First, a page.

Alright, the only real differences then seem to be re-valved suspension and an ECU and fuel injectors with different part numbers apart from the fairing. But, and it is a big but, they are two very different bikes to ride because the F is a bike that encourages you to go out and ride it, rather than being a practical form of transport, like its sibling.

You sit in the GSX650F, it feels comfortable, the motor is smooth and willing and the bike feels right from the moment you turn on the ignition. The bike is well balanced at walking speeds, there is plenty of lock, unlike a sports bike, or for that matter some larger touring bikes.

Suburbia, or in the case of Beziers in France, the village outskirts, are OK, you just know that any traffic or turning around for photo shoots is going to be easy thanks to the well balanced neutral feel. This translates into an overall feeling of well-being for the open road and encourages you to tip it into your first real bend without a moment's thought.

In fact when we did get into the mountains with some brilliantly smooth black-top, spectators may have thought they were watching a practice session for a WSB round. Certainly nobody was griping about budget suspension systems or lack of feedback as so often happens on launches that are not for the very latest sports machine.

Ground clearance was not a problem either, even with the massive can on the offside and there was little unused rubber visible on any machine at the end of the day. (Interestingly the only listed accessory to date is a centre-stand, which may of course seriously compromise said clearance.)

So from a handling perspective, it is excellent and you can actually feel that you are pushing the bike towards its limits, rather than just beginning to scratch the surface. Obviously somebody on a pure sports bike like a 600 Gixxer that is nearly 50kg lighter than the 217kg GSX 650F, is going to leave you sniffing their exhaust fumes.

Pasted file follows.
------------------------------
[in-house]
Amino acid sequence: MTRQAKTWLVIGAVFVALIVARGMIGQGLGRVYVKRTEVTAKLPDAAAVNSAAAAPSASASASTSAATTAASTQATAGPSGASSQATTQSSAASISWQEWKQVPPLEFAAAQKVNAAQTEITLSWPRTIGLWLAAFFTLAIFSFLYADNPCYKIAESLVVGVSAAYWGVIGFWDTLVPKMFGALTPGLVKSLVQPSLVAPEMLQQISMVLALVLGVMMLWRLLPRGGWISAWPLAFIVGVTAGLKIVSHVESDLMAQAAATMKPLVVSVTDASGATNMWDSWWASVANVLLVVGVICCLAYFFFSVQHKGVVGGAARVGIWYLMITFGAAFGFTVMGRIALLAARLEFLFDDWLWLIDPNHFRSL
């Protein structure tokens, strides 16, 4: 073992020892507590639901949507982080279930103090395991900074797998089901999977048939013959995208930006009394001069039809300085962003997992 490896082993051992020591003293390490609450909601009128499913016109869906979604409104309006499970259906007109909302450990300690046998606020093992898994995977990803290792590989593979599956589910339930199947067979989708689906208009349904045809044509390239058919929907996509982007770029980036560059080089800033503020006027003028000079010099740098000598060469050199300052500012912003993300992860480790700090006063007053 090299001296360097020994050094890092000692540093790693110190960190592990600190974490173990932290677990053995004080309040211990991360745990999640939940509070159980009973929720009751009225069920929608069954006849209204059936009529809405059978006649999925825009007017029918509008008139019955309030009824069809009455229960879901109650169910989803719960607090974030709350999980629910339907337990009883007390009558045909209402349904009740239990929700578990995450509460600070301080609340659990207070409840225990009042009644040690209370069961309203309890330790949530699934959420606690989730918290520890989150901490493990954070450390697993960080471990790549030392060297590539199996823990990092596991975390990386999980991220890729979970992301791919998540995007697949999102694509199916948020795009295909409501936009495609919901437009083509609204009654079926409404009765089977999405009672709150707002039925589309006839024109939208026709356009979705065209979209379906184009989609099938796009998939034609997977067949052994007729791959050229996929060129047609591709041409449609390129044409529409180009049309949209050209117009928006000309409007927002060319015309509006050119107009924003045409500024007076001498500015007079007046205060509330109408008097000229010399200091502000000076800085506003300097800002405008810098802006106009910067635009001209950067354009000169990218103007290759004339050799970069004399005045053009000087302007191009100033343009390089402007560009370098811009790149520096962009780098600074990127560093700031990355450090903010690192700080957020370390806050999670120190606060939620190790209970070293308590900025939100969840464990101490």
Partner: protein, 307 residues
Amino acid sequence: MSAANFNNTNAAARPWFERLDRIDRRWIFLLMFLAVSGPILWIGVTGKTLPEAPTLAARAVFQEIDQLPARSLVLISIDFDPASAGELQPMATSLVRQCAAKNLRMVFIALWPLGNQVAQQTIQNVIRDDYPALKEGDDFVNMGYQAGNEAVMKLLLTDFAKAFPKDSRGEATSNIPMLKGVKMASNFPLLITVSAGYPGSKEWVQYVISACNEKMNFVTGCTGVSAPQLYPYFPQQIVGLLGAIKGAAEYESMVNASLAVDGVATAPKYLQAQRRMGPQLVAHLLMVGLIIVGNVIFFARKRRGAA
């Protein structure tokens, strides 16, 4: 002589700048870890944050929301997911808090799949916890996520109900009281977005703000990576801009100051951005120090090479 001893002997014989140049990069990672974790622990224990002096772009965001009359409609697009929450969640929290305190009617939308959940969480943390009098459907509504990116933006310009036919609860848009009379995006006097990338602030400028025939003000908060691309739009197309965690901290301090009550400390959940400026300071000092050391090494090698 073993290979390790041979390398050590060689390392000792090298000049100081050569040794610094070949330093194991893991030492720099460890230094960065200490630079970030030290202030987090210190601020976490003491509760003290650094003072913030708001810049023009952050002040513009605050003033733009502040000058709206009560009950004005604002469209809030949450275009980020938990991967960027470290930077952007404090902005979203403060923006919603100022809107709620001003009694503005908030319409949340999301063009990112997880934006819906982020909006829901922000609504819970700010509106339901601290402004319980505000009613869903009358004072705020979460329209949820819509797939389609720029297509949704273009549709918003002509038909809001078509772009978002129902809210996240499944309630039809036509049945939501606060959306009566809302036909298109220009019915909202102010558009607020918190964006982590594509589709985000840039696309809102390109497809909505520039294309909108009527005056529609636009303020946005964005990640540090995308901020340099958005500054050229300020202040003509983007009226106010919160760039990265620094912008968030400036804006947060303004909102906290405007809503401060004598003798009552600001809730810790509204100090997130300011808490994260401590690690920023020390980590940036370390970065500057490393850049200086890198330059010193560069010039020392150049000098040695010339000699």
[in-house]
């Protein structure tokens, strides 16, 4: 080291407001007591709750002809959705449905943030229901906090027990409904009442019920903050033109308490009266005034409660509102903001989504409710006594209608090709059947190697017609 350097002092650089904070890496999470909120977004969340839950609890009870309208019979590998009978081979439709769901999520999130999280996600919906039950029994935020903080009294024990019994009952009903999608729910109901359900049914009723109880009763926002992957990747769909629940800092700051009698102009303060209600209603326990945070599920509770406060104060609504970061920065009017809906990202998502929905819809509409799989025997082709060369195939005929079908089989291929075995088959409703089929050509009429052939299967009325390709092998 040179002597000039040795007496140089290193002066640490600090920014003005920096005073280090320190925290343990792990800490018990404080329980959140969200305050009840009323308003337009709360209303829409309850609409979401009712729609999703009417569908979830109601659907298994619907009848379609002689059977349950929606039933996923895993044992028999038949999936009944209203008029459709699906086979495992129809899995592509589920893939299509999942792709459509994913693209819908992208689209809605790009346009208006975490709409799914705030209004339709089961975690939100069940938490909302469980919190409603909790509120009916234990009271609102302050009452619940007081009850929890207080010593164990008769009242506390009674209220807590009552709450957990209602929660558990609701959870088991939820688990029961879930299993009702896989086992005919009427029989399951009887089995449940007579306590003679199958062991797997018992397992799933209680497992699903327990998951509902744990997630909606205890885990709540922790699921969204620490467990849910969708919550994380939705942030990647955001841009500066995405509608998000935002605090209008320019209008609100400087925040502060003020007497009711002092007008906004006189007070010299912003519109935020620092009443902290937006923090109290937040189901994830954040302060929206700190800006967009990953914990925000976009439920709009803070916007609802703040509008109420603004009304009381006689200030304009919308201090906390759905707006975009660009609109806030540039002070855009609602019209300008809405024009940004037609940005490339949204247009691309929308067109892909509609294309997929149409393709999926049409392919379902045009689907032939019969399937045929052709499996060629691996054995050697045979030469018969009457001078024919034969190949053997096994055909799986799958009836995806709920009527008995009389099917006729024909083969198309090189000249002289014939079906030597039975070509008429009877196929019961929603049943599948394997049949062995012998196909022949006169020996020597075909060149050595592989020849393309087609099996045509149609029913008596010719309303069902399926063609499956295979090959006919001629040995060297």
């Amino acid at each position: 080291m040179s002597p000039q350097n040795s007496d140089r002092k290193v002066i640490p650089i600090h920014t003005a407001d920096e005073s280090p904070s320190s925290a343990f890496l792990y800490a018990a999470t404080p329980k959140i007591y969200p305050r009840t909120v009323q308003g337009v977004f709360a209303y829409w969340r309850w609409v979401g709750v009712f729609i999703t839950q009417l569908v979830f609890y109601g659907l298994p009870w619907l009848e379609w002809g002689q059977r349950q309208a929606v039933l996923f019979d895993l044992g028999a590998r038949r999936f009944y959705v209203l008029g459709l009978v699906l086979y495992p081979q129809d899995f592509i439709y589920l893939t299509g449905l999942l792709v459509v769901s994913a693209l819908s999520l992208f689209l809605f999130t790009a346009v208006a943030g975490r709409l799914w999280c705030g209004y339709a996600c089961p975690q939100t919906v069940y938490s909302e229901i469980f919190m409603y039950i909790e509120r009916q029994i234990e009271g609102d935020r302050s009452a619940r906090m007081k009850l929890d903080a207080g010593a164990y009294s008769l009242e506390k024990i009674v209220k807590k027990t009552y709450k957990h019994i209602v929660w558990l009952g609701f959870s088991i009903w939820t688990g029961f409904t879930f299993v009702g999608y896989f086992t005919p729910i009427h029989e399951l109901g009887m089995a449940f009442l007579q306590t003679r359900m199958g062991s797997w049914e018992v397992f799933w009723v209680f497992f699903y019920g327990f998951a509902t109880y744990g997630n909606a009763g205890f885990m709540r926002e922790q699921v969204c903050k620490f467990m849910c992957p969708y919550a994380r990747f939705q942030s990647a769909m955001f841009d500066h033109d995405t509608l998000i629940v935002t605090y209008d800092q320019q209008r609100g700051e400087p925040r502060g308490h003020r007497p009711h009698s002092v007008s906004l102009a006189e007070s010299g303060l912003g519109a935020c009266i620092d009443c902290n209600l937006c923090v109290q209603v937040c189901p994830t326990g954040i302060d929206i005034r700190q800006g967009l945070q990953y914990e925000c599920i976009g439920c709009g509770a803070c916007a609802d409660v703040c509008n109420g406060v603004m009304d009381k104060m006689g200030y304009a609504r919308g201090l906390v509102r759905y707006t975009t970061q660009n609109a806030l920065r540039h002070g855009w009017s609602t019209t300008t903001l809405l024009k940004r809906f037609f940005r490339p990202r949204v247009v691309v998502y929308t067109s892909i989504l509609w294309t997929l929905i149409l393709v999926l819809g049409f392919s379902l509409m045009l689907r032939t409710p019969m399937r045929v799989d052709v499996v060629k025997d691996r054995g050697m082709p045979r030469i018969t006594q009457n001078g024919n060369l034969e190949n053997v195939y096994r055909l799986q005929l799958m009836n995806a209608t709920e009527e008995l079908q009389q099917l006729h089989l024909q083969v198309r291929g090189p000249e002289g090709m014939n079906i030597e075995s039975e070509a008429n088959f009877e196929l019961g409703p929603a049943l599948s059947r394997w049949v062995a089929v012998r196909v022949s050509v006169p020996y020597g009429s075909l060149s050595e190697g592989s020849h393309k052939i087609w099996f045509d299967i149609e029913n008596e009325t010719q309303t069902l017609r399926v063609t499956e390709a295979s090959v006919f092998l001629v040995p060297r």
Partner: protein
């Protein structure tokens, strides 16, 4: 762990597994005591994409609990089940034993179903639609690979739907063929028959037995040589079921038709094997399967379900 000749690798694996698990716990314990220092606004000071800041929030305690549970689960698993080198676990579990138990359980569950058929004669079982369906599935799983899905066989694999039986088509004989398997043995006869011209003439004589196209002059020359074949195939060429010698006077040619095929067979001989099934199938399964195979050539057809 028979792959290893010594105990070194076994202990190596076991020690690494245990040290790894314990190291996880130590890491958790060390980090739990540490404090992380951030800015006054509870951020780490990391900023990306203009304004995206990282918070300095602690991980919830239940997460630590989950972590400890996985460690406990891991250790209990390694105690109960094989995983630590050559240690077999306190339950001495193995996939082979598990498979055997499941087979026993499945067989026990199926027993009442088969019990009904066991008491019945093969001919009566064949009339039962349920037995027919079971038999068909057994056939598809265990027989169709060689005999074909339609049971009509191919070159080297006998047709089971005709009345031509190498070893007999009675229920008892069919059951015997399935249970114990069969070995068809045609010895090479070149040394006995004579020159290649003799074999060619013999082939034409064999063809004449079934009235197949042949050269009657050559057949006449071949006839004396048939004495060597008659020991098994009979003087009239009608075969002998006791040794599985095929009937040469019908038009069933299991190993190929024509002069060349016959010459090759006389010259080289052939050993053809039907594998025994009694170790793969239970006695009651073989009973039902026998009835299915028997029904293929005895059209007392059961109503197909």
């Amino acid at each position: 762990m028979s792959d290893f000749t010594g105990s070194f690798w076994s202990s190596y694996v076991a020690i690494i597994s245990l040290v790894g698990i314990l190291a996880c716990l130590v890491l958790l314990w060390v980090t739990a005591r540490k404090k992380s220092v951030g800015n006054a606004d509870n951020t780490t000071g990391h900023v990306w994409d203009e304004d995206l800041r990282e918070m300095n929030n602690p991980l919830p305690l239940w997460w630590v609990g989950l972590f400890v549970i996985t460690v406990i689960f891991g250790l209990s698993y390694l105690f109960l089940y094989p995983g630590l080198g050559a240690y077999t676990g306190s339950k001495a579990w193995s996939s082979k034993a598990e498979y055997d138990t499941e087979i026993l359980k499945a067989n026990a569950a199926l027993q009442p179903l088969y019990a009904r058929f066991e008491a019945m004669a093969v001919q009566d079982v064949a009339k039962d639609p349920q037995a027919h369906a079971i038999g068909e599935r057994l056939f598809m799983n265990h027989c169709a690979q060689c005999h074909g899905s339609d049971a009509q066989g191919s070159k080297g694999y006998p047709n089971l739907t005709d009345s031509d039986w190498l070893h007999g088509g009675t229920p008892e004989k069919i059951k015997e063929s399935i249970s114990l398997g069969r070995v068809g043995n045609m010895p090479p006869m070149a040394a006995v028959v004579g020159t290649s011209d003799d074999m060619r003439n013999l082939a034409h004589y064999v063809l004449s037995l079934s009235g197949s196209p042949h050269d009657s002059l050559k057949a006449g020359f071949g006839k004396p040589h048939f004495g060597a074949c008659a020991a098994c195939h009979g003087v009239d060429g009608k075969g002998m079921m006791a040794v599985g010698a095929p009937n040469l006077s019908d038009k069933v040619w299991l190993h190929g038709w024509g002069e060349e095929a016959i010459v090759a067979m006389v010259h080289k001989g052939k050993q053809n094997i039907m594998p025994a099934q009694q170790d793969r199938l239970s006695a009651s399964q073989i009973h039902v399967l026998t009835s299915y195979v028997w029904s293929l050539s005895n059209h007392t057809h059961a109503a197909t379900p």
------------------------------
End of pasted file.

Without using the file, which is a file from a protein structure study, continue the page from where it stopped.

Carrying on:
The ten minutes they gain over a day though will be wasted in the bath soaking away their aches and pains, because unlike the sports machine, this is a comfortable bike to ride all day, exactly as Suzuki claim. Obviously the rate of progress will be slower as the F is not as quick, but if you are prepared to work the bike, then you can still have an awful lot of fun. Power delivery is very linear throughout the range and it is very hard to detect any power-band as such. Between 7,000 rpm and 10,0000rpm seems to be the area to keep the needle for maximum progress without actually ringing its neck.

A 125 mph top speed may be seen as slow, but given increasingly draconian enforcement levels it is more than adequate. Let's face it 100 mph touring on the continent is the average for long days, (what! ed) which this bike can easily achieve with plenty in reserve.

The fairing works well keeping the worst of the icy blast at bay, although on a personal level I would want a taller screen, but that is just me and my height.

Back to the engine, it all works well and delivers whatever sort of ride you want to have at any one time. As usual the Suzuki gearbox is still the best on the market bar none and definitely something other manufacturers should carefully examine/copy!

When you just want to get from A to B the bike offers a relaxed, easy going ride that will allow you to keep up with traffic without constant use of the gearbox, apart from the off overtake. Clearly a bit of mid-range retuning has taken place, even if it is not highlighted in the spec sheets.

So are there any faults, anything to put you off buying it? Well the straight answer is definitely NO in capital letters, not when the price is just £4,999, something of a bargain!

You could say it has no character or soul, or that it is not the work of art that some bikes are. However, for most of us a bike has to be fun as well as providing us with transport at an affordable price. You can get enthused about this machine and I can easily see a few people taking the basic package and tweaking it to their own tastes as and when money allows.

Despite my all too brief association, I tend to agree with Suzuki management and can easily see this bike being the sales surprise of 2008, with maybe sports bike sales dropping off in favour of this rather than Bandit sales. Oh dear I promised I would leave that word out of the copy and have failed miserably, but it is a compliment, honest.

Ian Kerr